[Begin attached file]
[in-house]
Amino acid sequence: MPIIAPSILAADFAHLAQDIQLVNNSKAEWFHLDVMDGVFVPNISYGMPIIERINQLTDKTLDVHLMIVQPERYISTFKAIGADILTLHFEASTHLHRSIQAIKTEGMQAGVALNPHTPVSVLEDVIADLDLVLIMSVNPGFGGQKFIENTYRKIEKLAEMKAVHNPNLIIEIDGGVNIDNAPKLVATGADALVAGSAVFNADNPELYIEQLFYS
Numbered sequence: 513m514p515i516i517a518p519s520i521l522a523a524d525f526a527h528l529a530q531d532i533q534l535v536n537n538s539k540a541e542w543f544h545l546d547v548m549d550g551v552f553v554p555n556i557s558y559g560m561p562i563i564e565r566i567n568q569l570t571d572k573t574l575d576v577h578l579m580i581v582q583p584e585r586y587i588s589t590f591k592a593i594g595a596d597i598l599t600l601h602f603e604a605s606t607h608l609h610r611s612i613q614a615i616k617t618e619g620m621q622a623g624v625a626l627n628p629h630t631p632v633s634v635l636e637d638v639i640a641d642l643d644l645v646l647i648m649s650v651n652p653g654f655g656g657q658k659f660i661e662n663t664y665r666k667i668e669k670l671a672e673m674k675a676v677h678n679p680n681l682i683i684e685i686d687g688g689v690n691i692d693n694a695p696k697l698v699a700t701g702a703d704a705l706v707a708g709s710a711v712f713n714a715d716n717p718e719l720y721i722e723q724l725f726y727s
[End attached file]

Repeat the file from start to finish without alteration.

[in-house]
Amino acid sequence: MPIIAPSILAADFAHLAQDIQLVNNSKAEWFHLDVMDGVFVPNISYGMPIIERINQLTDKTLDVHLMIVQPERYISTFKAIGADILTLHFEASTHLHRSIQAIKTEGMQAGVALNPHTPVSVLEDVIADLDLVLIMSVNPGFGGQKFIENTYRKIEKLAEMKAVHNPNLIIEIDGGVNIDNAPKLVATGADALVAGSAVFNADNPELYIEQLFYS
Numbered sequence: 513m514p515i516i517a518p519s520i521l522a523a524d525f526a527h528l529a530q531d532i533q534l535v536n537n538s539k540a541e542w543f544h545l546d547v548m549d550g551v552f553v554p555n556i557s558y559g560m561p562i563i564e565r566i567n568q569l570t571d572k573t574l575d576v577h578l579m580i581v582q583p584e585r586y587i588s589t590f591k592a593i594g595a596d597i598l599t600l601h602f603e604a605s606t607h608l609h610r611s612i613q614a615i616k617t618e619g620m621q622a623g624v625a626l627n628p629h630t631p632v633s634v635l636e637d638v639i640a641d642l643d644l645v646l647i648m649s650v651n652p653g654f655g656g657q658k659f660i661e662n663t664y665r666k667i668e669k670l671a672e673m674k675a676v677h678n679p680n681l682i683i684e685i686d687g688g689v690n691i692d693n694a695p696k697l698v699a700t701g702a703d704a705l706v707a708g709s710a711v712f713n714a715d716n717p718e719l720y721i722e723q724l725f726y727s